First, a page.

Youth’s feedback on the app include:

"I just want to start off by saying it looks AMAZING!"

"I love it! It is very soothing and visually pleasing, and feels good to use."

"I think that this would be a great tool for anyone to use! Excited for when the app is launched!"

"I have a lot of friends who could benefit from this app because of the stress and anxiety they experience as a result of school."

According to Dr. Dzung Vo, a pediatrician specializing in adolescent medicine at British Columbia Children’s Hospital in Vancouver and  founding Director for the BC Children’s Hospital Centre for Mindfulness, mindfulness can be thought of as “paying attention in a particular way, on purpose, in the present moment, and with unconditional love.” 

Doing so can help mitigate stress and pain that are often the result of thinking about past regrets or worrying about the future. Mindfulness helps by equipping us with strategies that focus on remaining in the present moment.

Click “more” to read about one teen’s powerful experience learning about mindfulness with his Mom!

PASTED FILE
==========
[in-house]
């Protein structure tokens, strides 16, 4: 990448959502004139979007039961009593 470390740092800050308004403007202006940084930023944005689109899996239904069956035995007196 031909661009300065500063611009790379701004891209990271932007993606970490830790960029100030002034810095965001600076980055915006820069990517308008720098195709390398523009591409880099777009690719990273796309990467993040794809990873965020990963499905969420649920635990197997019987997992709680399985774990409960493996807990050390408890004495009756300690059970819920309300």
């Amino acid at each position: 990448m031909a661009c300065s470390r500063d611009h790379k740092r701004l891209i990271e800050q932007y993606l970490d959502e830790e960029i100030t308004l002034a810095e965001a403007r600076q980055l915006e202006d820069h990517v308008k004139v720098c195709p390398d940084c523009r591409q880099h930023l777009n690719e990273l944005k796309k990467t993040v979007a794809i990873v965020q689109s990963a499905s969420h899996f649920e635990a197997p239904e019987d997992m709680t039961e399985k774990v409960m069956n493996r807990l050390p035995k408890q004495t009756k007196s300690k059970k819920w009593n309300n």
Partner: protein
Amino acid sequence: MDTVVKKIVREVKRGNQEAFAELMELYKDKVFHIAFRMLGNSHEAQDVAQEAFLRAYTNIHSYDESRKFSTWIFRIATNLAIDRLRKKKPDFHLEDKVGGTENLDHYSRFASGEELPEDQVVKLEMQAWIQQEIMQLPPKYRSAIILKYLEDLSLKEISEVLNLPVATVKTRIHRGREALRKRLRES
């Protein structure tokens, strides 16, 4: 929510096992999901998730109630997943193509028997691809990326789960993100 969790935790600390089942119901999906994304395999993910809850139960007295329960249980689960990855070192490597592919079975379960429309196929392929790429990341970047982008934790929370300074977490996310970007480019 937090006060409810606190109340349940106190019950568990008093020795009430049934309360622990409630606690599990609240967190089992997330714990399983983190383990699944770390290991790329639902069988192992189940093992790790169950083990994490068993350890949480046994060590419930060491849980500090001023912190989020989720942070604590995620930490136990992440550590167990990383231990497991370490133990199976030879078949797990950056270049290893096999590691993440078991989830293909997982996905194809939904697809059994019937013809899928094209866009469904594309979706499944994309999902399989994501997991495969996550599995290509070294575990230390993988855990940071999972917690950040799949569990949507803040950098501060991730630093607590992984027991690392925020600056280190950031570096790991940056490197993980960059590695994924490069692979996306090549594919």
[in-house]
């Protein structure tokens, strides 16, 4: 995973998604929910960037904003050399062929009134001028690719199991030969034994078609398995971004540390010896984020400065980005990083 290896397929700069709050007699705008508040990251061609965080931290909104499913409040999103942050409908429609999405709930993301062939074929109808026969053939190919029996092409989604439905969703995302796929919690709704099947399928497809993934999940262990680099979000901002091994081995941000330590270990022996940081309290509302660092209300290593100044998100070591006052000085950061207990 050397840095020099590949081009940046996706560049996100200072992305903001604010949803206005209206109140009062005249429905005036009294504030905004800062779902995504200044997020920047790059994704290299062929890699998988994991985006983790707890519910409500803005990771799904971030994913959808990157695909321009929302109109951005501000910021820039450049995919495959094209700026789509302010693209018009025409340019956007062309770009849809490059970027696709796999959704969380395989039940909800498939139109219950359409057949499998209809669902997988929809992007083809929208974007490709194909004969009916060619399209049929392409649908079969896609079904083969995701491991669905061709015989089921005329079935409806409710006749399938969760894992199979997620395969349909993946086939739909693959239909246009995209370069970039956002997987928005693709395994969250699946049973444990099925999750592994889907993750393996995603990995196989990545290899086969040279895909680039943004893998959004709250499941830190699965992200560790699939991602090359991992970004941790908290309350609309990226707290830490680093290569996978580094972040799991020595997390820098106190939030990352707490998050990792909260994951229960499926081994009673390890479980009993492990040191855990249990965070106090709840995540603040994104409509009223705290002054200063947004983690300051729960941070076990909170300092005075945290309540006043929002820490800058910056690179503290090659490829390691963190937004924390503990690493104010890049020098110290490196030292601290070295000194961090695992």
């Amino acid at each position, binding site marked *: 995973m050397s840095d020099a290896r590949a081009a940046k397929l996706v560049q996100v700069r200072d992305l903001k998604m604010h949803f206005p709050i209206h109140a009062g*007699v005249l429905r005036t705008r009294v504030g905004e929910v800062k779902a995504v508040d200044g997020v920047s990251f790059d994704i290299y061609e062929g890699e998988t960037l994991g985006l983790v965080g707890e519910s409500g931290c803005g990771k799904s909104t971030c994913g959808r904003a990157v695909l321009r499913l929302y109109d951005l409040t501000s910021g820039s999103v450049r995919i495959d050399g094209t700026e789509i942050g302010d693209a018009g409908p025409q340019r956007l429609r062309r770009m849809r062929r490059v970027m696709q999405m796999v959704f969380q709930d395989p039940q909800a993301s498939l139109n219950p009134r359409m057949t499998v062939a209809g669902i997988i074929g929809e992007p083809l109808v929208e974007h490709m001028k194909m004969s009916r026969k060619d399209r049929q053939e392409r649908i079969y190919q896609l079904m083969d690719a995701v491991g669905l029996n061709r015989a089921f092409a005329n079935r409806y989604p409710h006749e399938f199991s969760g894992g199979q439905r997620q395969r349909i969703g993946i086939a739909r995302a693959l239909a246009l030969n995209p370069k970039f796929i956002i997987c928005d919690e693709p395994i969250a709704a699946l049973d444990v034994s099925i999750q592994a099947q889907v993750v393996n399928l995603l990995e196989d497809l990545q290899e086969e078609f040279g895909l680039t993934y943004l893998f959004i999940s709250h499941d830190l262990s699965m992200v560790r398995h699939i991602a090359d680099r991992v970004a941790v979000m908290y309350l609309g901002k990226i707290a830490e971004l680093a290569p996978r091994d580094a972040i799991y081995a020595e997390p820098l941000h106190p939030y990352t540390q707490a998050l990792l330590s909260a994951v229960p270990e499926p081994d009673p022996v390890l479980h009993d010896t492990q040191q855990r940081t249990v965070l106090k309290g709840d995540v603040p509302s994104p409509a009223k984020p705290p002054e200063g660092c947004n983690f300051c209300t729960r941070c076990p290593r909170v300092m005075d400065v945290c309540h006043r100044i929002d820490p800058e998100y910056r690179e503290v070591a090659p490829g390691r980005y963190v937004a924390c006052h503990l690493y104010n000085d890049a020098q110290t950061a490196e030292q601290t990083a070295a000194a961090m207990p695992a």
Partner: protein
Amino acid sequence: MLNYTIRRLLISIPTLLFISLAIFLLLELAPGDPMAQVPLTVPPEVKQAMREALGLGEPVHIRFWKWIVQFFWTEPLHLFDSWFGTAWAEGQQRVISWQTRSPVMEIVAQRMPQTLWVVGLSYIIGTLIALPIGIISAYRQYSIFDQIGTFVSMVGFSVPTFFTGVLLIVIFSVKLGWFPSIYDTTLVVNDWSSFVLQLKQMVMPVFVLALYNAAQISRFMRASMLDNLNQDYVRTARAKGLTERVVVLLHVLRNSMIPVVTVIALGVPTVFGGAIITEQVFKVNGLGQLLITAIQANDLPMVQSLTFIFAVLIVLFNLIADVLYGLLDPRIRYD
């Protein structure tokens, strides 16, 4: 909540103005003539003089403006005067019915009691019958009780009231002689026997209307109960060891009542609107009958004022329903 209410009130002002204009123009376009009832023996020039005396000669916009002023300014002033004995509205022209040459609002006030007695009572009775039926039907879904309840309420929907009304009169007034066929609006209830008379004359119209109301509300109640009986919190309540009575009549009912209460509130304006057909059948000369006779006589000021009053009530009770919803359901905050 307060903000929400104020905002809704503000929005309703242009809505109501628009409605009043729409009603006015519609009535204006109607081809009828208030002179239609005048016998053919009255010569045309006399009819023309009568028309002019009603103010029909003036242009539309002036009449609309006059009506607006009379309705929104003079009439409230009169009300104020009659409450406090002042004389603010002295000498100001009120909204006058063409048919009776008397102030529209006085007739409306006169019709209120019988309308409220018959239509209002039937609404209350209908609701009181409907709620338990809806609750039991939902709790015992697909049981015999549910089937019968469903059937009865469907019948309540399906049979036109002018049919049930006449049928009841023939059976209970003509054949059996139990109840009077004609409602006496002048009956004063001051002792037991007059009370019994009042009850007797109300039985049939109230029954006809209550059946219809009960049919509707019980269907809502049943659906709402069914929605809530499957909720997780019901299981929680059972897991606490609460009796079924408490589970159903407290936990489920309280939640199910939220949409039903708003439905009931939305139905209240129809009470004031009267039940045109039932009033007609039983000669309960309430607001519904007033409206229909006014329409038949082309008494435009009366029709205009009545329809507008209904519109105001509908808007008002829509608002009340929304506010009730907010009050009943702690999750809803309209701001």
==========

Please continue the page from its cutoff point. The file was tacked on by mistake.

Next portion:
• Secure and Calm

    Secure and calm describes the ability to take part in daily activities and approach new situations without being overwhelmed with worries, sadness or anxiety. To be secure and calm also means being able to cope with stress and pressure, and to bounce back from difficulties.
  • Gets Along with Others

    Getting along with others is the ability to form positive and healthy relationships with peers and adults. Children with better abilities to regulate their emotions and behaviours have more friends and experience more positive playtime with their peers.
  • Alert and Engaged

    Being alert and engaged is the ability to manage and direct one's own feelings, thoughts and emotions. In general, the ability to be 'present' and to exercise self-control.
  • Compassionate and Kind

    Being compassionate and kind is closely related to empathy. While empathy refers more generally to the ability to take the perspective of and to feel the emotions of another person, compassion goes one step further.
  • Solves Problems Peacefully

    Managing conflict effectively is about creating an atmosphere where violence and aggression are not likely. To resolve conflict means using empathy, problem-solving skills, understanding other points of view and coming up with ways to make things right in a fair way.